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Diabetologia. 2004 Sep;47(9):1574-80. Epub 2004 Sep 2.

Association between the A-2518G polymorphism in the monocyte chemoattractant protein-1 gene and insulin resistance and Type 2 diabetes mellitus.

Author information

1
Department of Cardiology, University Hospital, CHUV-BH10, 1011, Lausanne, Switzerland.

Abstract

AIMS/HYPOTHESIS:

The molecular mechanisms of obesity-related insulin resistance are incompletely understood. Macrophages accumulate in adipose tissue of obese individuals. In obesity, monocyte chemoattractant protein-1 (MCP-1), a key chemokine in the process of macrophage accumulation, is overexpressed in adipose tissue. MCP-1 is an insulin-responsive gene that continues to respond to exogenous insulin in insulin-resistant adipocytes and mice. MCP-1 decreases insulin-stimulated glucose uptake into adipocytes. The A-2518G polymorphism in the distal regulatory region of MCP-1 may regulate gene expression. The aim of this study was to investigate the impact of this gene polymorphism on insulin resistance.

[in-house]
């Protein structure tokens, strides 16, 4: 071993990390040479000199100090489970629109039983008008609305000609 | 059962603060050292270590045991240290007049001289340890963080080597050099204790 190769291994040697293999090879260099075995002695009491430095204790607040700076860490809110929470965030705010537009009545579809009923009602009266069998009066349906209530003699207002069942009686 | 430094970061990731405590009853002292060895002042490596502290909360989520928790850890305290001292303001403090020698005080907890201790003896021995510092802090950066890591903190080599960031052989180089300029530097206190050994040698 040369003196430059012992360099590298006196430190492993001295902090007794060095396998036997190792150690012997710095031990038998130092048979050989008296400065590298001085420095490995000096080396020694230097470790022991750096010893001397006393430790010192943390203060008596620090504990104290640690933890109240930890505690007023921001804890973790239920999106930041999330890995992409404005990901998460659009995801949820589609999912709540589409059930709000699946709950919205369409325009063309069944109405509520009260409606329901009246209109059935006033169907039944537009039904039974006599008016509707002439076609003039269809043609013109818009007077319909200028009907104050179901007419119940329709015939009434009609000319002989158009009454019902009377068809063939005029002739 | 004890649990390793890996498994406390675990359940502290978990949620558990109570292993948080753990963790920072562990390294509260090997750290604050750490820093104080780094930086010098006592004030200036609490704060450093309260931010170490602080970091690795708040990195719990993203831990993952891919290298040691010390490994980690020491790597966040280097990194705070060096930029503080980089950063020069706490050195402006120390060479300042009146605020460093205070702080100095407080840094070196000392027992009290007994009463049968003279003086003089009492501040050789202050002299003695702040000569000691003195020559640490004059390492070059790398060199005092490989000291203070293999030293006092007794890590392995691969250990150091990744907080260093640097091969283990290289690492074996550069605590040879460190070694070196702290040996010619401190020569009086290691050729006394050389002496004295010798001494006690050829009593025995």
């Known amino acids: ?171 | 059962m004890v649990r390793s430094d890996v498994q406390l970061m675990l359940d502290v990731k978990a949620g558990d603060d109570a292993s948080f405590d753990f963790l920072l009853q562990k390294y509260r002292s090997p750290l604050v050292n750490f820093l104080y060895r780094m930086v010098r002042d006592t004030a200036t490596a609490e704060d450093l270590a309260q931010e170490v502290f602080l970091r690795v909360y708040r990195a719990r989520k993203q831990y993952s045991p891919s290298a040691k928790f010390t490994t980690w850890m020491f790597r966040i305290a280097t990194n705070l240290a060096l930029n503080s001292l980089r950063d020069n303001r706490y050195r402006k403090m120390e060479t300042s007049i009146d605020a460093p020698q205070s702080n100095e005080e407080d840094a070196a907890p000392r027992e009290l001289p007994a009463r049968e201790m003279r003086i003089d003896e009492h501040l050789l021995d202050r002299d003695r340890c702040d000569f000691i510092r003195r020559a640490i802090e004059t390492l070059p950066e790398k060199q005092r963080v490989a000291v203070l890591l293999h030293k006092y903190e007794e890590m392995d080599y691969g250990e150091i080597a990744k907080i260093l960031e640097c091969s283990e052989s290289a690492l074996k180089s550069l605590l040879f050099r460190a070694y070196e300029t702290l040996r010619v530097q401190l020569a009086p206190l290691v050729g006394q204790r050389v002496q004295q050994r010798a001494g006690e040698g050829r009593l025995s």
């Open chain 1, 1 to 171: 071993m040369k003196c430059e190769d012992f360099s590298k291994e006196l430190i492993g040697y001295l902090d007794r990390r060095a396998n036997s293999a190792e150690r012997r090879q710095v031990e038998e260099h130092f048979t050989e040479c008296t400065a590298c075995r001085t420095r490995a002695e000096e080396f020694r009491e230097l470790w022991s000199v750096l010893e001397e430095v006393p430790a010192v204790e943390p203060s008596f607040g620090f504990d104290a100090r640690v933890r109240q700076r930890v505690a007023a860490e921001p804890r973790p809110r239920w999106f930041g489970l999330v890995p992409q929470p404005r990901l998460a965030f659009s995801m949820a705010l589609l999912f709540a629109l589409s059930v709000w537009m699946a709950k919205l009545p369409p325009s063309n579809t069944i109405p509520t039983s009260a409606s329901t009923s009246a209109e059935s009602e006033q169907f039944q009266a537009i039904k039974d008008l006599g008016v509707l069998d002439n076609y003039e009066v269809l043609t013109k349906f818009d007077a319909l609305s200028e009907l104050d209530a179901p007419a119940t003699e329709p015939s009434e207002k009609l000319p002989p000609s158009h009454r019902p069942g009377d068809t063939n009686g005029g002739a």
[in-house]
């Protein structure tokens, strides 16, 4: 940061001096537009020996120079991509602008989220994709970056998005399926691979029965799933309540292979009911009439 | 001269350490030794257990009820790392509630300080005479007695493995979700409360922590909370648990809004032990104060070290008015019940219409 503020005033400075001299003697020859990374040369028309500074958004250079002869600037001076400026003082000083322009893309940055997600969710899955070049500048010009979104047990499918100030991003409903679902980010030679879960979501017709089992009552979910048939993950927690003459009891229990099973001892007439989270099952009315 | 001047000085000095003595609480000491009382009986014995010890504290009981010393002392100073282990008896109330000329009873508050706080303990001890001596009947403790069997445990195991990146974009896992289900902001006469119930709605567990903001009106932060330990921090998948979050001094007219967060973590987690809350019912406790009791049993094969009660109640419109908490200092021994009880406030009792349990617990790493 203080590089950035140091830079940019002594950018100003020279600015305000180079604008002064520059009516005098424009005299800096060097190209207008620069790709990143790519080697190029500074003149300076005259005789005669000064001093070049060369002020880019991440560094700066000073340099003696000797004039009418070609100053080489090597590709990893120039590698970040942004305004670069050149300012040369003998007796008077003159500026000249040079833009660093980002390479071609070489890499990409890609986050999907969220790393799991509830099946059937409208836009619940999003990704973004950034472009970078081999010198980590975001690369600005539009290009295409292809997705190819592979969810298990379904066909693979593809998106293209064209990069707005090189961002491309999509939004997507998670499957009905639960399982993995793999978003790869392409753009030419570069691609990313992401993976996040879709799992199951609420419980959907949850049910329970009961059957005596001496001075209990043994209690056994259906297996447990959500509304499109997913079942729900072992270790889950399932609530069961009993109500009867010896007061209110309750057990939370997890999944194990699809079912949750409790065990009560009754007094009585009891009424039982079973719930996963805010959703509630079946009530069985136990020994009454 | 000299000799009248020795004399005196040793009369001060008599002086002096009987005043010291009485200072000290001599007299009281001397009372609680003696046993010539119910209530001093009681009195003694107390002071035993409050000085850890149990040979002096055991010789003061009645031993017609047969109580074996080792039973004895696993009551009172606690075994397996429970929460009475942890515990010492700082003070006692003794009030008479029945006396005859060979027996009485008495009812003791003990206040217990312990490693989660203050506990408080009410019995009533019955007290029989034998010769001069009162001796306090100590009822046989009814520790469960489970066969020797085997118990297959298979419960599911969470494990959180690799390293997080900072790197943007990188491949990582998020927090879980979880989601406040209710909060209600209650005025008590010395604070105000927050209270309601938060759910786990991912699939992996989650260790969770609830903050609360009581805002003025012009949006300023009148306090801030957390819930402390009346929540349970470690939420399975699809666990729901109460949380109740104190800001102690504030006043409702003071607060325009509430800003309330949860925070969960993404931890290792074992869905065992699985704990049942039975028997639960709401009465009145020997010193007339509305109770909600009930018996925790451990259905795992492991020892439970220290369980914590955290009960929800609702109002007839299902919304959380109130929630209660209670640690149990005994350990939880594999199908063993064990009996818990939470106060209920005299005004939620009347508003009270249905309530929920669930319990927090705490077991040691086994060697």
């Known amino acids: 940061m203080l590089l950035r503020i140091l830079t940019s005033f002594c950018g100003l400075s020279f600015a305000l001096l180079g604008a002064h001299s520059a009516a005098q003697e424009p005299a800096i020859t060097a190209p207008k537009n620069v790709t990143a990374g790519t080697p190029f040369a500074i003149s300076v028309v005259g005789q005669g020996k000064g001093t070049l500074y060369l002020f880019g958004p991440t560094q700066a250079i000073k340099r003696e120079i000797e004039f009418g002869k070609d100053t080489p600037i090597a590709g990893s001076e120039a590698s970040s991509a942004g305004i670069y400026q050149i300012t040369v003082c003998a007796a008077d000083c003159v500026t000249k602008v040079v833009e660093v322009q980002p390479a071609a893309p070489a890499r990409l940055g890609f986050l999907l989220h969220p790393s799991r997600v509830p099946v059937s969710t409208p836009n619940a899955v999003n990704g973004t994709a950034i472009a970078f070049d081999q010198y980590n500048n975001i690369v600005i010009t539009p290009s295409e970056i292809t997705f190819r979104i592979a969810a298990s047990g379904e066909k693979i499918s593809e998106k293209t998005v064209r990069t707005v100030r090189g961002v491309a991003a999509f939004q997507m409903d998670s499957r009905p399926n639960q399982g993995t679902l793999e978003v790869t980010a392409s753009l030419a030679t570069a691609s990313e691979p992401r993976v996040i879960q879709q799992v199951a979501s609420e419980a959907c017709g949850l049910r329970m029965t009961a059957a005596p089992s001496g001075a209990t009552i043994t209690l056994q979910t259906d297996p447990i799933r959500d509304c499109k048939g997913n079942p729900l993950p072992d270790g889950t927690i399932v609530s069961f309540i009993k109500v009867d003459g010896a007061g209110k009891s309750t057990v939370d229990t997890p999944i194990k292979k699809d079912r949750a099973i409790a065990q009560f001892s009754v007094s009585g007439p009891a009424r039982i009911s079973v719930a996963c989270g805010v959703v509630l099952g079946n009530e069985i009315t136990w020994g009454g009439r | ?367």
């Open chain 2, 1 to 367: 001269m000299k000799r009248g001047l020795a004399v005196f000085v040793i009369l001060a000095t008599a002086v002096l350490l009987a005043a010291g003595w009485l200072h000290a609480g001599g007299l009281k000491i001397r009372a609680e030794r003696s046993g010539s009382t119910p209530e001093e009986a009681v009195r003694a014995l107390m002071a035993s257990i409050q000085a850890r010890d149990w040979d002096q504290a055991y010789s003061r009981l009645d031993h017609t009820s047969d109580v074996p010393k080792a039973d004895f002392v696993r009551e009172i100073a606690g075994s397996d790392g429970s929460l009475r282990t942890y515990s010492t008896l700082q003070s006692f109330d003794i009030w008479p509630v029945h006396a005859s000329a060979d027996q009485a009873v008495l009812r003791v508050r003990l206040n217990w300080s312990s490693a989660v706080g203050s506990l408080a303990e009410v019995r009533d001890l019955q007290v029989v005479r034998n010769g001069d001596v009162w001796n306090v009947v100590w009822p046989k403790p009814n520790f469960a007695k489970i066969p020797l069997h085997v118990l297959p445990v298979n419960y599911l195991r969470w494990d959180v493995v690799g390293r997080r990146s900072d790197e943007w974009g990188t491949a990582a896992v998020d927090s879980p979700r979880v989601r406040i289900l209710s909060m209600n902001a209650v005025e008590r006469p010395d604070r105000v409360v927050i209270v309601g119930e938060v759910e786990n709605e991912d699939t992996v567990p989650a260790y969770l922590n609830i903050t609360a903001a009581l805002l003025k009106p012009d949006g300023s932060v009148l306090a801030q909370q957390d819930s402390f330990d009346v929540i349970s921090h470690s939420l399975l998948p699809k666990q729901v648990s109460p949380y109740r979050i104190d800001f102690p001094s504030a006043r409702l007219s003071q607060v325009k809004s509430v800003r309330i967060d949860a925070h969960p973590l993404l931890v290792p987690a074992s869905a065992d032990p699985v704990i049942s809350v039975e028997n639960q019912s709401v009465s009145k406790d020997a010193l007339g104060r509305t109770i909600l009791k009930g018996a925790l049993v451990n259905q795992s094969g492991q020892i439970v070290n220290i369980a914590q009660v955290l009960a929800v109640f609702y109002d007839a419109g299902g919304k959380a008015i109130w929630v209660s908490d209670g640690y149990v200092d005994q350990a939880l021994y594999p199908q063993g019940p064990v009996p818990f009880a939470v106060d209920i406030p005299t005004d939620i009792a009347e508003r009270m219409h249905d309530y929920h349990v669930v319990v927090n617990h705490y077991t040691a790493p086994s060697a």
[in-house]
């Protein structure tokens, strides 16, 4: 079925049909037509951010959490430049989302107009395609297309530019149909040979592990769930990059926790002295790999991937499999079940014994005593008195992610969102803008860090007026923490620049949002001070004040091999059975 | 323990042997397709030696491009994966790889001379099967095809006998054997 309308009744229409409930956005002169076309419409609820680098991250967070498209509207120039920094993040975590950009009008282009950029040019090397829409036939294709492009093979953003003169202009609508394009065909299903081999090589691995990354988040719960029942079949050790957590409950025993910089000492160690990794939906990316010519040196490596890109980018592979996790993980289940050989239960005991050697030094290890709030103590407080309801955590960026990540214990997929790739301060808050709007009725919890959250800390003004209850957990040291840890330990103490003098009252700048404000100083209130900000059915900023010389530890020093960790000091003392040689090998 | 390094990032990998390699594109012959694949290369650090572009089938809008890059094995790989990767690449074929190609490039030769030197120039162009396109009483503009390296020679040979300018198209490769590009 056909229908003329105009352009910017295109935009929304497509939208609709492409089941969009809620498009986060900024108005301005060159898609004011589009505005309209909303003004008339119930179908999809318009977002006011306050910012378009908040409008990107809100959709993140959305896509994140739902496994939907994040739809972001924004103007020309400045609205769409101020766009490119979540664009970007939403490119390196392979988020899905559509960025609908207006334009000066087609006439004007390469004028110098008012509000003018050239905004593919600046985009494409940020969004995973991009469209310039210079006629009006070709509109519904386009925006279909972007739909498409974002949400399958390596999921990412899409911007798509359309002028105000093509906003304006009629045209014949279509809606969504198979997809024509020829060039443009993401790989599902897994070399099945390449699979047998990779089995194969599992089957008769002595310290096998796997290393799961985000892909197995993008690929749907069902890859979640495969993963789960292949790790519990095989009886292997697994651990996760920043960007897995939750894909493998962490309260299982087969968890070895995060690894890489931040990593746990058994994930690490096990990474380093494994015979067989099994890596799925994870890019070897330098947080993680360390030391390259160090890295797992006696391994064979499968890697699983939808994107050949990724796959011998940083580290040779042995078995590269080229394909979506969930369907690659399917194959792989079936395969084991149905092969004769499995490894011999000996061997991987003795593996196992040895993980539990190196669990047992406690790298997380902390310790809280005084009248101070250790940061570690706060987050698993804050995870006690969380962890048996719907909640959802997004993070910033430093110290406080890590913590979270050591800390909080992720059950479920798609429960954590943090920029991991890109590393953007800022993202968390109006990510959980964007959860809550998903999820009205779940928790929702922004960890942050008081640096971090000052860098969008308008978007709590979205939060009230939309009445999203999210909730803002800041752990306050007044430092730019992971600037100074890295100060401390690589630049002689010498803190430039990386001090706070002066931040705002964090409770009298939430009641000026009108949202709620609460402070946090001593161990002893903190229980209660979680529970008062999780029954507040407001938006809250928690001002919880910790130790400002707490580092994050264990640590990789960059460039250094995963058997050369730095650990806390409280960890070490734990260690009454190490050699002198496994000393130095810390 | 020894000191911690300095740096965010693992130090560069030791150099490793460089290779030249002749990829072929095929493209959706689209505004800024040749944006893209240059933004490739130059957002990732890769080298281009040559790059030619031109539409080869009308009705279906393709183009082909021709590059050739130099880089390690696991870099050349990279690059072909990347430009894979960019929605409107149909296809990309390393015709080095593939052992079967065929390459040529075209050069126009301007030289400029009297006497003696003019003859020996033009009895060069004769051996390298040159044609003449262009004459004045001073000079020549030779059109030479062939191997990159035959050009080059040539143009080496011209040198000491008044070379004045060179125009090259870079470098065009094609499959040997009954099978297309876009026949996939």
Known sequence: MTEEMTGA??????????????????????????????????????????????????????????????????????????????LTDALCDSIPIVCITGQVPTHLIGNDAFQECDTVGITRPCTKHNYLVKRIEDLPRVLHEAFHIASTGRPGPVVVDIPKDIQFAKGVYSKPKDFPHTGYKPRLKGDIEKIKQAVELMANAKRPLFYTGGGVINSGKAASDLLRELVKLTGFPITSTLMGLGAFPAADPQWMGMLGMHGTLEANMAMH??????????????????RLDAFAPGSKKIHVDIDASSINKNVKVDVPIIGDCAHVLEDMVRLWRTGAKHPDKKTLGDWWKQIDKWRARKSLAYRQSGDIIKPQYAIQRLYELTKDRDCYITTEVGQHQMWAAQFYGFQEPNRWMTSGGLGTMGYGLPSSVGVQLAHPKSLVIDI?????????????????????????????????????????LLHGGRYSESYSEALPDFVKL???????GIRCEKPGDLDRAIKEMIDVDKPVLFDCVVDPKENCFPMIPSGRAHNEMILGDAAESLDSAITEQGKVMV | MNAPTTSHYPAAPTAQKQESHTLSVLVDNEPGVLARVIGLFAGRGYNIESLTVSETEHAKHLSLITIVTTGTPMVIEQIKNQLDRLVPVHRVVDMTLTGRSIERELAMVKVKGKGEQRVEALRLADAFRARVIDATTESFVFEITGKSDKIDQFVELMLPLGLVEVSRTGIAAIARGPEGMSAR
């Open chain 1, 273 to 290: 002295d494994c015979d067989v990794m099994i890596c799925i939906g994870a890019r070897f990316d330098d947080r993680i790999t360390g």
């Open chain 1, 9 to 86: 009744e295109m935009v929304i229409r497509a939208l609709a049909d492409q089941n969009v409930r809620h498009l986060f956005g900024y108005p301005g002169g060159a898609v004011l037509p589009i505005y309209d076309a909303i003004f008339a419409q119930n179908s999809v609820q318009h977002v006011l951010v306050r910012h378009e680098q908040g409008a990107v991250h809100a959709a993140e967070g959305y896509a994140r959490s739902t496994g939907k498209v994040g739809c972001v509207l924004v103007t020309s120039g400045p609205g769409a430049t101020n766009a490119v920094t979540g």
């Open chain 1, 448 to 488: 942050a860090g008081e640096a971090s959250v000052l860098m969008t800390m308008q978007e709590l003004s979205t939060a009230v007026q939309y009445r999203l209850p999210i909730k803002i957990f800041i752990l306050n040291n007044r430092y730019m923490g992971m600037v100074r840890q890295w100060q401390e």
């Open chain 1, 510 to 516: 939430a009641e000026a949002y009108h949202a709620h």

METHODS:

We genotyped the Ludwigshafen Risk and Cardiovascular Health (LURIC) cohort ( n=3307). Insulin resistance, estimated by homeostasis model assessment, and Type 2 diabetes were diagnosed in 803 and 635 patients respectively.

RESULTS:

Univariate analysis revealed that plasma MCP-1 levels were significantly and positively correlated with WHR ( p=0.011), insulin resistance ( p=0.0097) and diabetes ( p<0.0001). Presence of the MCP-1 G-2518 allele was associated with decreased plasma MCP-1 ( p=0.017), a decreased prevalence of insulin resistance (odds ratio [OR]=0.82, 95% CI: 0.70-0.97, p=0.021) and a decreased prevalence of diabetes (OR=0.80, 95% CI: 0.67-0.96, p=0.014). In multivariate analysis, the G allele retained statistical significance as a negative predictor of insulin resistance (OR=0.78, 95% CI: 0.65-0.93, p=0.0060) and diabetes (OR=0.80, 95% CI: 0.66-0.96, p=0.018).

CONCLUSIONS/INTERPRETATION:

In a large cohort of Caucasians, the MCP-1 G-2518 gene variant was significantly and negatively correlated with plasma MCP-1 levels and the prevalence of insulin resistance and Type 2 diabetes. These results add to recent evidence supporting a role for MCP-1 in pathologies associated with hyperinsulinaemia.

PMID:
15349727
DOI:
10.1007/s00125-004-1494-4
[Indexed for MEDLINE]

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